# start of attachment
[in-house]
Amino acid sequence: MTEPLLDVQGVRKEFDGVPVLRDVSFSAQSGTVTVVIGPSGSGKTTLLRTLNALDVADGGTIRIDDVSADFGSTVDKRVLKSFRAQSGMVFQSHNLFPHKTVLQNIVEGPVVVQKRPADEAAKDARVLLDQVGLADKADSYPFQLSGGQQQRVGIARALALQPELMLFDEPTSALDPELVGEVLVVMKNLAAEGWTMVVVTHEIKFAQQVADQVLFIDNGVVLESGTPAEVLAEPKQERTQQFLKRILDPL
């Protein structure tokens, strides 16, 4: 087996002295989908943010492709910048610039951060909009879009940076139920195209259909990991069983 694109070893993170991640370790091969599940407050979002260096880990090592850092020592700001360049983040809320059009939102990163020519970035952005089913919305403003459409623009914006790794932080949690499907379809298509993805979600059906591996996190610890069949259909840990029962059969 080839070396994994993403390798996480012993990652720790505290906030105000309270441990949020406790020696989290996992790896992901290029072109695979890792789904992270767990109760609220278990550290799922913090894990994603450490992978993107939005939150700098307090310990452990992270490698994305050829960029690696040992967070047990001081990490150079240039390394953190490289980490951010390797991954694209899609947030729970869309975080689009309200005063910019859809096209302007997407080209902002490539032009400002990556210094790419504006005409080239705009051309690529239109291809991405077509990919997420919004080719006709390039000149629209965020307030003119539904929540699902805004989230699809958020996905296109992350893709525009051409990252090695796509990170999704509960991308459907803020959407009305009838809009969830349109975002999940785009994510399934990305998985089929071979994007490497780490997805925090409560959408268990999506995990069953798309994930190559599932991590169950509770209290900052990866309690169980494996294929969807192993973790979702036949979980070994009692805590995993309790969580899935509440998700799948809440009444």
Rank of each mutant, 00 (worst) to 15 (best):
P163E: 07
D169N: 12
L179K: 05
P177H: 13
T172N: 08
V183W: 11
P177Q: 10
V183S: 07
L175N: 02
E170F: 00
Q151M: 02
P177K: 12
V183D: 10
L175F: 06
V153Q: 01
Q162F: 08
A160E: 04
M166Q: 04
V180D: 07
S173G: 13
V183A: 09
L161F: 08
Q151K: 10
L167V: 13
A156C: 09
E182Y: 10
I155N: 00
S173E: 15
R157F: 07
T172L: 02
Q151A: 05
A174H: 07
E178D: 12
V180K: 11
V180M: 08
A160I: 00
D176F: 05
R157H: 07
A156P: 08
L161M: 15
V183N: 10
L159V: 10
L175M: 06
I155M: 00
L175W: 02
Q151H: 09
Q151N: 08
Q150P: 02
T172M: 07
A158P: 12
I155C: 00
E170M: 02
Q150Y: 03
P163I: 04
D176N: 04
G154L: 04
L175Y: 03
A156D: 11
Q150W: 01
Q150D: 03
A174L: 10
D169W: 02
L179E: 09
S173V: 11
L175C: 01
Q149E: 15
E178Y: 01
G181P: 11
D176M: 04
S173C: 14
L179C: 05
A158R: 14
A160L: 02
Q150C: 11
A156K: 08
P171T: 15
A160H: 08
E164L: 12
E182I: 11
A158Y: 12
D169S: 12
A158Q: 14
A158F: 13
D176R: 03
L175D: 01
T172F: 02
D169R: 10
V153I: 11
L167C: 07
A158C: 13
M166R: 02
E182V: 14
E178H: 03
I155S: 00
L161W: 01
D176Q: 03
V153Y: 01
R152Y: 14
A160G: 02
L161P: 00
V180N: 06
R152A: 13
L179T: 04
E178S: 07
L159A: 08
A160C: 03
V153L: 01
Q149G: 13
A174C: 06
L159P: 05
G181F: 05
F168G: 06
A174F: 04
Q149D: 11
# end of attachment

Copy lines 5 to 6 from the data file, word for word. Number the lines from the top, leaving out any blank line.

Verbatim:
P163E: 07
D169N: 12